Berkeley partner Richard Marsden attended COP26 and witnessed the progress companies have made on sustainability. He shares his views following the conference, looking beyond target-setting to the challenge of delivering real climate action.
Diplomatic negotiations had to enter ‘extra time’ at COP26 before countries were able to agree to new measures to cut carbon emissions. This is no surprise; tackling climate change is complex and challenging. While the scale of the problem is apparent, and we all know serious action is needed, it hasn’t been easy to commit to solutions.
Despite this, I left COP26 feeling encouraged, having seen the initiative taken by many companies to become more sustainable. Rather than ignoring the issue until legislative mandates force them into action, many businesses have recognized the role they need to play. They’re proactively setting their own ambitious targets to reach net zero emissions by 2050, such as transitioning to renewable energy or sourcing more eco-friendly raw materials, as well as other sustainability goals like zero waste or water stewardship.
It was inspiring to meet many of these companies at COP26, to hear about the scale of their ambition, and to see them taking sustainability seriously.
These conversations also made apparent that such initiatives go beyond mere corporate social responsibility.
Undoubtedly, taking action on sustainability is the right thing for companies to do. But it’s fundamentally also good business sense. More and more companies understand that they will have no commercial future if they don’t put sustainability at the heart of their strategy and operations.”
Both internal and external stakeholders, from consumers and business customers to employees, are putting the pressure on companies to be more sustainable. Environmental, social, and governance (ESG) factors are becoming increasingly important to investors.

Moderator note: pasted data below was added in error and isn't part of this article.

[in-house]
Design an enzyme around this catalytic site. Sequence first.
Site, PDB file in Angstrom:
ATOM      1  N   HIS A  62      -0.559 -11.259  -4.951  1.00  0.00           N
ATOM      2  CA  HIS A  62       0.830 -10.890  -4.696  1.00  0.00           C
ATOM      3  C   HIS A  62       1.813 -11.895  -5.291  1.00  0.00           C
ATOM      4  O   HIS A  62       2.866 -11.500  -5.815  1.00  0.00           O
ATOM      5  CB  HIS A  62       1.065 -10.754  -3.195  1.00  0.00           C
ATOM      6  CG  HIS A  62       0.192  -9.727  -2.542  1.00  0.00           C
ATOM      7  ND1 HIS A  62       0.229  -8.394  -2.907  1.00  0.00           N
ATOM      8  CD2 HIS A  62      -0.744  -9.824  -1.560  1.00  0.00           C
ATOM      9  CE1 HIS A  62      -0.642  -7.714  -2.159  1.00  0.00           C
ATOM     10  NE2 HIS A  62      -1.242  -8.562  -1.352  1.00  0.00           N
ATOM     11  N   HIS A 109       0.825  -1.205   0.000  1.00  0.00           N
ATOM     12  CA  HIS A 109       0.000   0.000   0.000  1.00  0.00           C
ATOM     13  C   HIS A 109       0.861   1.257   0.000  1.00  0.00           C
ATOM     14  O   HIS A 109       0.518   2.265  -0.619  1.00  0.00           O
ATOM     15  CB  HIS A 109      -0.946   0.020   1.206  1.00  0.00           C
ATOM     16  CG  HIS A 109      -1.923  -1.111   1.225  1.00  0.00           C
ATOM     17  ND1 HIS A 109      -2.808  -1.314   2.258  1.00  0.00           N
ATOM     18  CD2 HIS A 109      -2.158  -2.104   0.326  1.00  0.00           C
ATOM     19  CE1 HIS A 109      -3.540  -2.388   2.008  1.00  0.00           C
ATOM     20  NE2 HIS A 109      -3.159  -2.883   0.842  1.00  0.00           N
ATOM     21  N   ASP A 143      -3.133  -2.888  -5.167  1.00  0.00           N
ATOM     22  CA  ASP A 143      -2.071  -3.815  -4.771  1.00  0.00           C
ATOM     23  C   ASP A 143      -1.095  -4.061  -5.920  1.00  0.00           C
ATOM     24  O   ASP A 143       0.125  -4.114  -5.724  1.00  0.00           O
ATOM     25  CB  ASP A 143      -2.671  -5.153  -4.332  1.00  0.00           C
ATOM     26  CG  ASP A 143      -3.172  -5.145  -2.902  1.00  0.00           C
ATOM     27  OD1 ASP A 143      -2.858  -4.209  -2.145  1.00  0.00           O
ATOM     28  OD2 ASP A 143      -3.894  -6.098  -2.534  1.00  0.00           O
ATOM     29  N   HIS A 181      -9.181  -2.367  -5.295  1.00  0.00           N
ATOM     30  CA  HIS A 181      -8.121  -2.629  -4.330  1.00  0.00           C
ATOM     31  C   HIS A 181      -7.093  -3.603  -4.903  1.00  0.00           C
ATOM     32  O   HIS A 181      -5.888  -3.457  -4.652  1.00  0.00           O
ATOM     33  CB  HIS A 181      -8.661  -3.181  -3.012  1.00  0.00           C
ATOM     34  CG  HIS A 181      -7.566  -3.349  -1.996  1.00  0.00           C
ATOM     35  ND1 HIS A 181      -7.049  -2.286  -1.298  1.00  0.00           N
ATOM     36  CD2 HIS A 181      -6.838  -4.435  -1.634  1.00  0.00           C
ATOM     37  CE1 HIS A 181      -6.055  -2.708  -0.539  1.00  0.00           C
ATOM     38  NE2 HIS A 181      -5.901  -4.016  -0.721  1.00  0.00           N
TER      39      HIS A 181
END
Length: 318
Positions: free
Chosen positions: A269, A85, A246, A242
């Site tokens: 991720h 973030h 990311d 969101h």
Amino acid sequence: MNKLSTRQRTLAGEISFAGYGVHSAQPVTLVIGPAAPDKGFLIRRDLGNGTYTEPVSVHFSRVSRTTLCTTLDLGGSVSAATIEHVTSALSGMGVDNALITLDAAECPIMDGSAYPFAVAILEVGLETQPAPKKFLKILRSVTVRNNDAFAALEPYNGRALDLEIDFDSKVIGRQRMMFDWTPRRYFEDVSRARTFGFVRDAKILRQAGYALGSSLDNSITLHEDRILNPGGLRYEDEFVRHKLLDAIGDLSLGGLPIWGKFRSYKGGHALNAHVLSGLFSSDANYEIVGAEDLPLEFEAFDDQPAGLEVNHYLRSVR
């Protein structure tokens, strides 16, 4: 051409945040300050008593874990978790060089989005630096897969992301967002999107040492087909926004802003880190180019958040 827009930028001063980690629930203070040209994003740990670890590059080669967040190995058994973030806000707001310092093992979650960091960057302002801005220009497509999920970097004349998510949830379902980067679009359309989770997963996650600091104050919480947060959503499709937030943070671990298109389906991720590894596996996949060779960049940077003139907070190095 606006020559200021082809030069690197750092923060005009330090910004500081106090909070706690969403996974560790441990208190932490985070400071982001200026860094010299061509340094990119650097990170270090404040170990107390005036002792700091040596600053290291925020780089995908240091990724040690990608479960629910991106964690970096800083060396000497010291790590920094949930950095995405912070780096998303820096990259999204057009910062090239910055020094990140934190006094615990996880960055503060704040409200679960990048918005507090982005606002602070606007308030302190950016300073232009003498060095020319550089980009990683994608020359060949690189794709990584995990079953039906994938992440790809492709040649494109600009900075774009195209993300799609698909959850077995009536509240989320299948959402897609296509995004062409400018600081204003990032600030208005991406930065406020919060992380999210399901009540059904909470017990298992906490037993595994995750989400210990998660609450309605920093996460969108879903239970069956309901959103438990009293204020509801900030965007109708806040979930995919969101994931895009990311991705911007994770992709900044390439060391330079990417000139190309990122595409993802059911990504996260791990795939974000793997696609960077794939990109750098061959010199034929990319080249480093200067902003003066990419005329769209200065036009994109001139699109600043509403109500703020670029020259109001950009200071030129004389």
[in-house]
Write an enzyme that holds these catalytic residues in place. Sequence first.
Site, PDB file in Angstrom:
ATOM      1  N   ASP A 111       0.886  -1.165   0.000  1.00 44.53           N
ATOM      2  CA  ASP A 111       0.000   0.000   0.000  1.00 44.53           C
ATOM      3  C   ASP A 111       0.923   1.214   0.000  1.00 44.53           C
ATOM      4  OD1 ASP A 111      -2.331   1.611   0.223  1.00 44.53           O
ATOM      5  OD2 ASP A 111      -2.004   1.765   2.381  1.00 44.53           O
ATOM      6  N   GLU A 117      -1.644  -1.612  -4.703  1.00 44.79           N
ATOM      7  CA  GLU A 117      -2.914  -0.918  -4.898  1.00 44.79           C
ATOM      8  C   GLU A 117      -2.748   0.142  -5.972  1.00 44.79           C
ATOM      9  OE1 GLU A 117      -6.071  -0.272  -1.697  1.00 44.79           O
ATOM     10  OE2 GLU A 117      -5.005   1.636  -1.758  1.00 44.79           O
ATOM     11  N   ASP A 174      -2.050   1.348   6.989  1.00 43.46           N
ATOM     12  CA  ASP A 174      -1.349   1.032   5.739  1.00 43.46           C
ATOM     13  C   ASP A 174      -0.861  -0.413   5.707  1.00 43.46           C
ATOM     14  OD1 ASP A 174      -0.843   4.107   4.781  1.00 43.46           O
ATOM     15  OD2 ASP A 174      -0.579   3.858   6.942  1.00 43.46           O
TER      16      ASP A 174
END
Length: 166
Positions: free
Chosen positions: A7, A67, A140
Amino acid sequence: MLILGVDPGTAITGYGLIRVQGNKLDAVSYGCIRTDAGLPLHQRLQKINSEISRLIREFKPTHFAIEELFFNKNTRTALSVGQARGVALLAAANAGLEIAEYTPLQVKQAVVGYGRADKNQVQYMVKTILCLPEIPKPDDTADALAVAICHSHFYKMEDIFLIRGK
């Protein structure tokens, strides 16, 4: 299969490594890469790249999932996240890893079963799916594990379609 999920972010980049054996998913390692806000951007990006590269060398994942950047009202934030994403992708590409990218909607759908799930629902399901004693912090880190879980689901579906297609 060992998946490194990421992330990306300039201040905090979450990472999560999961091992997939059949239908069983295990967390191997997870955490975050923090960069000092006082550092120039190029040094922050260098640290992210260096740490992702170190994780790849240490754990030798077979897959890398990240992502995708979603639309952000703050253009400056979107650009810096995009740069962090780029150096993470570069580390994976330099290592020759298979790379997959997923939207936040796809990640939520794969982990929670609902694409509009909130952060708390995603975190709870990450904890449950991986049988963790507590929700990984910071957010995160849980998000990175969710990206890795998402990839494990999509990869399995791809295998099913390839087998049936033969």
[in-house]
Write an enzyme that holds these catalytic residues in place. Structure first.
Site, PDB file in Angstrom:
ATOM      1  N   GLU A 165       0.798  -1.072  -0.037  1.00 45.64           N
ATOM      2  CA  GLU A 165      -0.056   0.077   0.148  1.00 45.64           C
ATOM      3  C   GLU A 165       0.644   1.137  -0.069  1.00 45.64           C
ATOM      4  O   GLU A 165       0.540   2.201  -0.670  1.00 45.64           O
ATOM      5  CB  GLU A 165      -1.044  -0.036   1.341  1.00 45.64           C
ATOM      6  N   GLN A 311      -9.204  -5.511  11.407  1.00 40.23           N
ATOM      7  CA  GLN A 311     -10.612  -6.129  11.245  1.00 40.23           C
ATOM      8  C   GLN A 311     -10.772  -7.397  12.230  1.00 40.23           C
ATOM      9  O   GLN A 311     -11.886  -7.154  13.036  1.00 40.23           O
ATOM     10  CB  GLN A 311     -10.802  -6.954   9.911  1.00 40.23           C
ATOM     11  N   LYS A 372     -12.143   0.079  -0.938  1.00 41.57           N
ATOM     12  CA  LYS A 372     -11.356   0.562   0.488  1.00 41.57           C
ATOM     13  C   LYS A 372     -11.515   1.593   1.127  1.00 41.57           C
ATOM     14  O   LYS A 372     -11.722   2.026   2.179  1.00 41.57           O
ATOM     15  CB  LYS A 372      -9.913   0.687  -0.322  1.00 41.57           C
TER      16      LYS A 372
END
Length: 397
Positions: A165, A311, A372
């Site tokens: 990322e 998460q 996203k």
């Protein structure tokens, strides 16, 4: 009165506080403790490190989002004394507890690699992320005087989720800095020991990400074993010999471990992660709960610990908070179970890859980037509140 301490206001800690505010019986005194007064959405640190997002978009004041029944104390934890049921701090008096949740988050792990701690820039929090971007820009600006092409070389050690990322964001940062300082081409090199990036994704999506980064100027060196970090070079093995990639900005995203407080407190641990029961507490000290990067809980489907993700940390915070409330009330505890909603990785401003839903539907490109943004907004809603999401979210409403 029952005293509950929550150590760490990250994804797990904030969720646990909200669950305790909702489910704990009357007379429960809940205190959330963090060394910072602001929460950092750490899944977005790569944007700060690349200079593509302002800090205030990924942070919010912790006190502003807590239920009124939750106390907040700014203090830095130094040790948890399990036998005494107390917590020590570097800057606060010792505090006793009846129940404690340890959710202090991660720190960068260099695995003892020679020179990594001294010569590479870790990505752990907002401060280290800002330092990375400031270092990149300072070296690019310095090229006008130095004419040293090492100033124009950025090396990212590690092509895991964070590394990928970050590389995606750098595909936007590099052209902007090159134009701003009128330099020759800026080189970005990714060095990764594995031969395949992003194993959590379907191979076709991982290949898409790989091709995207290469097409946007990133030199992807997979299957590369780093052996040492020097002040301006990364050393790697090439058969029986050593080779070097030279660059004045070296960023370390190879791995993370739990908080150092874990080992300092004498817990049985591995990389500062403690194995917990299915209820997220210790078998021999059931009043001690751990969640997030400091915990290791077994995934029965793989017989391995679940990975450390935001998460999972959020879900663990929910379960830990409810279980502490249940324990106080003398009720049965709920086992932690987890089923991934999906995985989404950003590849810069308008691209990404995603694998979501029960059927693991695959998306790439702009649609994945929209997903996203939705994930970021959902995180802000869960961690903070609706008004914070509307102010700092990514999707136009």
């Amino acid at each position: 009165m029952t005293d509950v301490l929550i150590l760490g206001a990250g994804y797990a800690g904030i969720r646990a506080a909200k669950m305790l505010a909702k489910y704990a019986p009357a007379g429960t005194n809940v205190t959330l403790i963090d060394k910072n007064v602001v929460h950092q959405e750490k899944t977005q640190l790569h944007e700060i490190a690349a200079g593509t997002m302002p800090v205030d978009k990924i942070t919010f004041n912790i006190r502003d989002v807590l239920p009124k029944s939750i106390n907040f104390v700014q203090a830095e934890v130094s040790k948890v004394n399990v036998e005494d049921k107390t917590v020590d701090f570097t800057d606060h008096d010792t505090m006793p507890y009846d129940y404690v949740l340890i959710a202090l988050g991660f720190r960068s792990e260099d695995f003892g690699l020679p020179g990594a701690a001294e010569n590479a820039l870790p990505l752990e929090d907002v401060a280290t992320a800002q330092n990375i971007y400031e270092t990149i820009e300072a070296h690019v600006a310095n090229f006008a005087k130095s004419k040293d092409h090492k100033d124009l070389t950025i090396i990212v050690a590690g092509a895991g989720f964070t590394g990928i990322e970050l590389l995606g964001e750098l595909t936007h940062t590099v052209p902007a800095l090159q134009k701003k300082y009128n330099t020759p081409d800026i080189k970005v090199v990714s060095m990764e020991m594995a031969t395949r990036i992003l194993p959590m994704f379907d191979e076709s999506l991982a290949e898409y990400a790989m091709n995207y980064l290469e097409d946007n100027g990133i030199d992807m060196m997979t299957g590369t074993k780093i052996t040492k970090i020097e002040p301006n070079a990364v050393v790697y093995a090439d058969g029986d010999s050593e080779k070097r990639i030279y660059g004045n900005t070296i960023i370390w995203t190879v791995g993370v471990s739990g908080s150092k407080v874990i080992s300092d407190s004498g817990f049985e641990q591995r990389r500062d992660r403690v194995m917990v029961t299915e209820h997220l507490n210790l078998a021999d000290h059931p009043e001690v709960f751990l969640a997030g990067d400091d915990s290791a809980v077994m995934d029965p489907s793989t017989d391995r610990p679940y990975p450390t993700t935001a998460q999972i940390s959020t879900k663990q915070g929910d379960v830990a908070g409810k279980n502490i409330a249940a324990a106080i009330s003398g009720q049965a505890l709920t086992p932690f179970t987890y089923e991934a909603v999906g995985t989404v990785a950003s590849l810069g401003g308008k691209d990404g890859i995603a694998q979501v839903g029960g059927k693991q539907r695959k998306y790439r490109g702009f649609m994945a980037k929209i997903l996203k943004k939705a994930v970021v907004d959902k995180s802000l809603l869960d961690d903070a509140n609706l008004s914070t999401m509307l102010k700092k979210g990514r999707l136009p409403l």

The most innovative businesses will go beyond meeting this demand. There will be opportunities to develop new products and services, and working methods that won’t just be better for our climate and the environment, but will be profitable too. It will lead to better growth and new job opportunities – a true win-win scenario.
Setting targets is relatively easy compared to the challenge of delivery. In this next phase, businesses won’t be able to act alone. Organizations will need to partner effectively with others if they are to drive real change.
There is an entire complex decarbonization ecosystem that companies must learn to navigate. This stretches from accessing appropriate finance, to selecting the right suppliers, to working in partnership with non-government organizations.
Berkeley is proud to be partnering with our clients, working with them to plan and mobilize their sustainability programs. For example, in the transport sector we have supported clients to understand the decarbonization challenge, define their strategy and plan for action.
Through our client work, we have been talking to all manner of organizations across this complex landscape. Having built these great relationships and deepened our network, we’ll be able to support clients on future partnerships as their programs evolve, making the right choices that will lead to lasting outcomes.
At Berkeley, we ourselves are benefitting from these partnership connections. As we continue on our own net zero journey and make progress on our workstreams, we are actively considering where partnerships will help us make a better impact.
By hosting COP26 in Glasgow, the UK put itself under a global spotlight, telling the world it was both leading and committing to real impact. The country will now have to make an actionable plan to deliver on its climate pledges.
Likewise, businesses who have taken the lead and set their own targets need to get their programs moving. They have the strategic ambition, but they need to translate this into realistic actions that ultimately lead to the desired outcomes.”
It won’t be easy. This is a challenge that the business will never have faced before. Delivering results will require focus, co-ordination and imagination.
The challenge is too great for businesses to tackle on their own. By building the right strategic partnerships, organizations will ensure they are taking climate action in a holistic, joined-up way – and reach their goals. I’m confident we can bridge the gap between ambition and delivery. It starts with working together.
Richard Marsden, Partner